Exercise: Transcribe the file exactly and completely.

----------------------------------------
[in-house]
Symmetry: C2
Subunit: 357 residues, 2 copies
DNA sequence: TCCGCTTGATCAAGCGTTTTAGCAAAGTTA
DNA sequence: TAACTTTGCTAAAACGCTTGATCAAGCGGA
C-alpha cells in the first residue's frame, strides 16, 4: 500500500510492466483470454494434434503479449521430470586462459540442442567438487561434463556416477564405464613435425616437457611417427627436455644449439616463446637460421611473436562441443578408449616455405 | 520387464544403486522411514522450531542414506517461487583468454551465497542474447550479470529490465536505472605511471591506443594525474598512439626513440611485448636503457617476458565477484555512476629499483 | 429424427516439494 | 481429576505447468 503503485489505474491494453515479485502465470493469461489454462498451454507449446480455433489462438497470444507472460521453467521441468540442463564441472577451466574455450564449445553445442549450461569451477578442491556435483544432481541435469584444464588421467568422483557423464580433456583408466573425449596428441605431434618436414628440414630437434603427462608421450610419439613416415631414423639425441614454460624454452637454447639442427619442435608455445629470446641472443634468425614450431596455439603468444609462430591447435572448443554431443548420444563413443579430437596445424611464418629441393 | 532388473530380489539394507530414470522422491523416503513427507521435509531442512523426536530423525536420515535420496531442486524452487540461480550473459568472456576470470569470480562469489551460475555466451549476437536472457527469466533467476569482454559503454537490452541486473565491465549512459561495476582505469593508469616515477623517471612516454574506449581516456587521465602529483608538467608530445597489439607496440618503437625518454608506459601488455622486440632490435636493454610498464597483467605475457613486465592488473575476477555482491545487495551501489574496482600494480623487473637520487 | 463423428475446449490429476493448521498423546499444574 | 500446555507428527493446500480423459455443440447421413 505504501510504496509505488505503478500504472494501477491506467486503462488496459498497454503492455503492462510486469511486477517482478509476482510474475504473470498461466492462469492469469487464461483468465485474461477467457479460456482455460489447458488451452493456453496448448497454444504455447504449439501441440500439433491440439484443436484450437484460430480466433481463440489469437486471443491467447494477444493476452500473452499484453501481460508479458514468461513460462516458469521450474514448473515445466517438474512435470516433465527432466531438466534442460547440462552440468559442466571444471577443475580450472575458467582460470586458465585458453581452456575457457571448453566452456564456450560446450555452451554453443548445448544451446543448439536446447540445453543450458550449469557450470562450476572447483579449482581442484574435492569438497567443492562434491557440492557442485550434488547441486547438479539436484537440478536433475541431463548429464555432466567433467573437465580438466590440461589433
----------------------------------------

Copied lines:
[in-house]
Symmetry: C2
Subunit: 357 residues, 2 copies
DNA sequence: TCCGCTTGATCAAGCGTTTTAGCAAAGTTA
DNA sequence: TAACTTTGCTAAAACGCTTGATCAAGCGGA
C-alpha cells in the first residue's frame, strides 16, 4: 500500500510492466483470454494434434503479449521430470586462459540442442567438487561434463556416477564405464613435425616437457611417427627436455644449439616463446637460421611473436562441443578408449616455405 | 520387464544403486522411514522450531542414506517461487583468454551465497542474447550479470529490465536505472605511471591506443594525474598512439626513440611485448636503457617476458565477484555512476629499483 | 429424427516439494 | 481429576505447468 503503485489505474491494453515479485502465470493469461489454462498451454507449446480455433489462438497470444507472460521453467521441468540442463564441472577451466574455450564449445553445442549450461569451477578442491556435483544432481541435469584444464588421467568422483557423464580433456583408466573425449596428441605431434618436414628440414630437434603427462608421450610419439613416415631414423639425441614454460624454452637454447639442427619442435608455445629470446641472443634468425614450431596455439603468444609462430591447435572448443554431443548420444563413443579430437596445424611464418629441393 | 532388473530380489539394507530414470522422491523416503513427507521435509531442512523426536530423525536420515535420496531442486524452487540461480550473459568472456576470470569470480562469489551460475555466451549476437536472457527469466533467476569482454559503454537490452541486473565491465549512459561495476582505469593508469616515477623517471612516454574506449581516456587521465602529483608538467608530445597489439607496440618503437625518454608506459601488455622486440632490435636493454610498464597483467605475457613486465592488473575476477555482491545487495551501489574496482600494480623487473637520487 | 463423428475446449490429476493448521498423546499444574 | 500446555507428527493446500480423459455443440447421413 505504501510504496509505488505503478500504472494501477491506467486503462488496459498497454503492455503492462510486469511486477517482478509476482510474475504473470498461466492462469492469469487464461483468465485474461477467457479460456482455460489447458488451452493456453496448448497454444504455447504449439501441440500439433491440439484443436484450437484460430480466433481463440489469437486471443491467447494477444493476452500473452499484453501481460508479458514468461513460462516458469521450474514448473515445466517438474512435470516433465527432466531438466534442460547440462552440468559442466571444471577443475580450472575458467582460470586458465585458453581452456575457457571448453566452456564456450560446450555452451554453443548445448544451446543448439536446447540445453543450458550449469557450470562450476572447483579449482581442484574435492569438497567443492562434491557440492557442485550434488547441486547438479539436484537440478536433475541431463548429464555432466567433467573437465580438466590440461589433